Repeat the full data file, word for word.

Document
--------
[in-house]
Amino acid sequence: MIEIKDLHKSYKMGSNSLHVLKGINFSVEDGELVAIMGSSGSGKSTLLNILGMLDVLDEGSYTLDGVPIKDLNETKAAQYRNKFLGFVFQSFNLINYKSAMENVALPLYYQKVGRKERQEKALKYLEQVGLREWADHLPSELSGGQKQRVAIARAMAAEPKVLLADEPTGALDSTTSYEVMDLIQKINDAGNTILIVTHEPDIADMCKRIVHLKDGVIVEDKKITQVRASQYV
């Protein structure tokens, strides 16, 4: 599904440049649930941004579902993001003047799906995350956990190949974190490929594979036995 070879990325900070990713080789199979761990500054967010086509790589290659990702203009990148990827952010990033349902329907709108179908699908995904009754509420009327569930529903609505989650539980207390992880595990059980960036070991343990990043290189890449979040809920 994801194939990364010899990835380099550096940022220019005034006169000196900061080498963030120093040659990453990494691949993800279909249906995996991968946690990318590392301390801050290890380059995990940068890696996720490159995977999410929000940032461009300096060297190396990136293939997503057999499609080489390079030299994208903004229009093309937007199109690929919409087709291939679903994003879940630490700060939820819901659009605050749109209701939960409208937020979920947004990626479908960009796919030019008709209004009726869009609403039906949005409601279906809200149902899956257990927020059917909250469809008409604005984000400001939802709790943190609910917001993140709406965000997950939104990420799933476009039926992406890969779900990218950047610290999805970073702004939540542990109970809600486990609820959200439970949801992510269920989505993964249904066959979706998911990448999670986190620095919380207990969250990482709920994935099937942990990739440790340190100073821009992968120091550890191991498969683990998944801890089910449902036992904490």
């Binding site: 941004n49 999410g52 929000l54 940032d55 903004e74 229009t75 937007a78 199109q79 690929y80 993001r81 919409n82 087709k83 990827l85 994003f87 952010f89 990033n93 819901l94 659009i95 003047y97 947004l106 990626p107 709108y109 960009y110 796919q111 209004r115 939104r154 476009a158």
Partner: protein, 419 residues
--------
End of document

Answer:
[in-house]
Amino acid sequence: MIEIKDLHKSYKMGSNSLHVLKGINFSVEDGELVAIMGSSGSGKSTLLNILGMLDVLDEGSYTLDGVPIKDLNETKAAQYRNKFLGFVFQSFNLINYKSAMENVALPLYYQKVGRKERQEKALKYLEQVGLREWADHLPSELSGGQKQRVAIARAMAAEPKVLLADEPTGALDSTTSYEVMDLIQKINDAGNTILIVTHEPDIADMCKRIVHLKDGVIVEDKKITQVRASQYV
């Protein structure tokens, strides 16, 4: 599904440049649930941004579902993001003047799906995350956990190949974190490929594979036995 070879990325900070990713080789199979761990500054967010086509790589290659990702203009990148990827952010990033349902329907709108179908699908995904009754509420009327569930529903609505989650539980207390992880595990059980960036070991343990990043290189890449979040809920 994801194939990364010899990835380099550096940022220019005034006169000196900061080498963030120093040659990453990494691949993800279909249906995996991968946690990318590392301390801050290890380059995990940068890696996720490159995977999410929000940032461009300096060297190396990136293939997503057999499609080489390079030299994208903004229009093309937007199109690929919409087709291939679903994003879940630490700060939820819901659009605050749109209701939960409208937020979920947004990626479908960009796919030019008709209004009726869009609403039906949005409601279906809200149902899956257990927020059917909250469809008409604005984000400001939802709790943190609910917001993140709406965000997950939104990420799933476009039926992406890969779900990218950047610290999805970073702004939540542990109970809600486990609820959200439970949801992510269920989505993964249904066959979706998911990448999670986190620095919380207990969250990482709920994935099937942990990739440790340190100073821009992968120091550890191991498969683990998944801890089910449902036992904490």
């Binding site: 941004n49 999410g52 929000l54 940032d55 903004e74 229009t75 937007a78 199109q79 690929y80 993001r81 919409n82 087709k83 990827l85 994003f87 952010f89 990033n93 819901l94 659009i95 003047y97 947004l106 990626p107 709108y109 960009y110 796919q111 209004r115 939104r154 476009a158």
Partner: protein, 419 residues